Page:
What are the statistics you can use in PROC MEANS?

In the PROC MEANS, I’m asking for certain statistics, MIN MEAN MAX, on total retail, broken down by customer ID. Then we have a filter, where the year of the order date is 2010. Now, the year function will extract the 4-digit year. Now, keep in mind order_fact is in the Oracle database. Let’s see if the Oracle database can handle this query against that table. If we have the CASTRATE option on, we will get notes in the log indicating what happened. And as you can see highlighted in this sort of blue color, it was able to transition this syntax in such a way that the database can handle it. So the Oracle database has an equivalent function that it can use to extract a year from the order date and compare it to 2010. So it was successful. The year function has an equivalent Oracle function.

Let’s try to weekday function. The reason I have date part, because that extracts the SAS date from a date time column. The date part is the number of days since January 1, 1960. Most of us know that story. And then we’ll use weekday to return a number between 1 and 7. 1 is Sunday, the beginning of the week. 7 is Saturday. And if the weekday is 7, I want those records to be processed to analyze total retail by customer ID. So this time in the log, because we have CASTRATE on– I haven’t shown you the syntax yet. We will get to that, but there’s a warning. The WHERE clause contains SAS-specific syntax that cannot be passed to the database. That’s good. I would want to know that. Because I may be able to change the syntax such that the database can handle it, can make it more efficient. This is good to know. These are different functions, or capabilities I should say, that the database, the Oracle engine, supports. Functions like COUNT and MIN, the LOG function, FOR function, CELL function, average, standard deviation, UP CASE function. So the Oracle database can handle these functions, or it has equivalents on its side. So oftentimes, the same result can be produced in different ways. But our goal is trying to get the database to do the work for us instead of passing it to the SAS side. In most instances, it will be better for the database to handle it efficiency-wise.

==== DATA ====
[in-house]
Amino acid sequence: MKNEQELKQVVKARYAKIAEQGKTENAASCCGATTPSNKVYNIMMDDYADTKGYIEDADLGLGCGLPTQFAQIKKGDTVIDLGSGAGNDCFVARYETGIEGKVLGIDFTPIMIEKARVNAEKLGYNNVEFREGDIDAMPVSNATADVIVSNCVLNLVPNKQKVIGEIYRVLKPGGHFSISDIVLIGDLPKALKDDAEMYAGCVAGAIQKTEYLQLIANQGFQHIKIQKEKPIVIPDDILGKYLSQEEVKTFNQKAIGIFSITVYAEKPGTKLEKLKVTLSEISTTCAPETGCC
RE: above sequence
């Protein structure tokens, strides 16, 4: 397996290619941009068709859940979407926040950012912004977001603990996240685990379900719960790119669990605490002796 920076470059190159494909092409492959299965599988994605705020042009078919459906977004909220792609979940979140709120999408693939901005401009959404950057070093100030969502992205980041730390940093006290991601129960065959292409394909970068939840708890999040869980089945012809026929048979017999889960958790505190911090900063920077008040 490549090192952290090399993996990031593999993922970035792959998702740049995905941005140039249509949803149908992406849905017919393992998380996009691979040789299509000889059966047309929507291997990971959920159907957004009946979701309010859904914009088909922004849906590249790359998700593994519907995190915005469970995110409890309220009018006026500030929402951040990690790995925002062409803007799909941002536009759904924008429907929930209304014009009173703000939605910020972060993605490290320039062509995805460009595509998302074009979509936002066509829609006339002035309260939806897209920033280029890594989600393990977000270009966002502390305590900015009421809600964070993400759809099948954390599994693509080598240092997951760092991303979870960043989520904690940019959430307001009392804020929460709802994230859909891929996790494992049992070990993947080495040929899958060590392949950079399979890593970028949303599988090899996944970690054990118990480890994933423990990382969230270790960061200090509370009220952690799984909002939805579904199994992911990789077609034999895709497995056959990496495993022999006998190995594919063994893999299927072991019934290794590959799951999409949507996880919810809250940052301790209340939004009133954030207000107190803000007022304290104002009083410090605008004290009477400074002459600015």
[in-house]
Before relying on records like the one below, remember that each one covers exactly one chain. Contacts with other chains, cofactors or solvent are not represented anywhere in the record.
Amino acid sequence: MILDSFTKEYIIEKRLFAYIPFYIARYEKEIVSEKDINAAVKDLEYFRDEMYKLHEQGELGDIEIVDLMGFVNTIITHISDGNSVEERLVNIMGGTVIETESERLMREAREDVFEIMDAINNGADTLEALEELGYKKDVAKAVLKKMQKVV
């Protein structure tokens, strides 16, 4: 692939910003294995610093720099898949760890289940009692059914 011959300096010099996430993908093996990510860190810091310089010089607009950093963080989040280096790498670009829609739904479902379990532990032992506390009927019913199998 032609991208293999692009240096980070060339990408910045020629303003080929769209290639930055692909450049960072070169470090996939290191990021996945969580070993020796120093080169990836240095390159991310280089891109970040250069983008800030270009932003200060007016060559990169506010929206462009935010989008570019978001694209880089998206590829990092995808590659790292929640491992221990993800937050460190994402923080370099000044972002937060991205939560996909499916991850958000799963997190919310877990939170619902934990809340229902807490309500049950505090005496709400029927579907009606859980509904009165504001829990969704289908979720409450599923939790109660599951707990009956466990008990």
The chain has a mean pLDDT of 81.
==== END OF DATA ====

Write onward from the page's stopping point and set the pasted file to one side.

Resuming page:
All right, especially when you’re writing a WHERE, because a WHERE is filtering records coming in. So if you go against the database table, the WHERE is applied, it will control how much data is passed on to SAS. If it cannot handle the WHERE clause, then all of that data comes out in SAS, and SAS will filter it on its side. So let’s think about this. Selecting Supplier_Name, Count. Then the star is just going to count the records. AS Products FROM the product_dim Oracle table, and I’m filtering. From this table, product_dim, I don’t want all of the data. I want to filter only for the records where the supplier name contains the word “Sports.” Now, if you haven’t used scan, scans can scan the value of a column from left or right. If you use a non-negative, an absolute value number, it will search from left to right. If you put a negative number, it will search from right to left. Well, all I want to check is the last word in the string, is the last word “Sports.” So I do a scan of supplier_name, negative 1.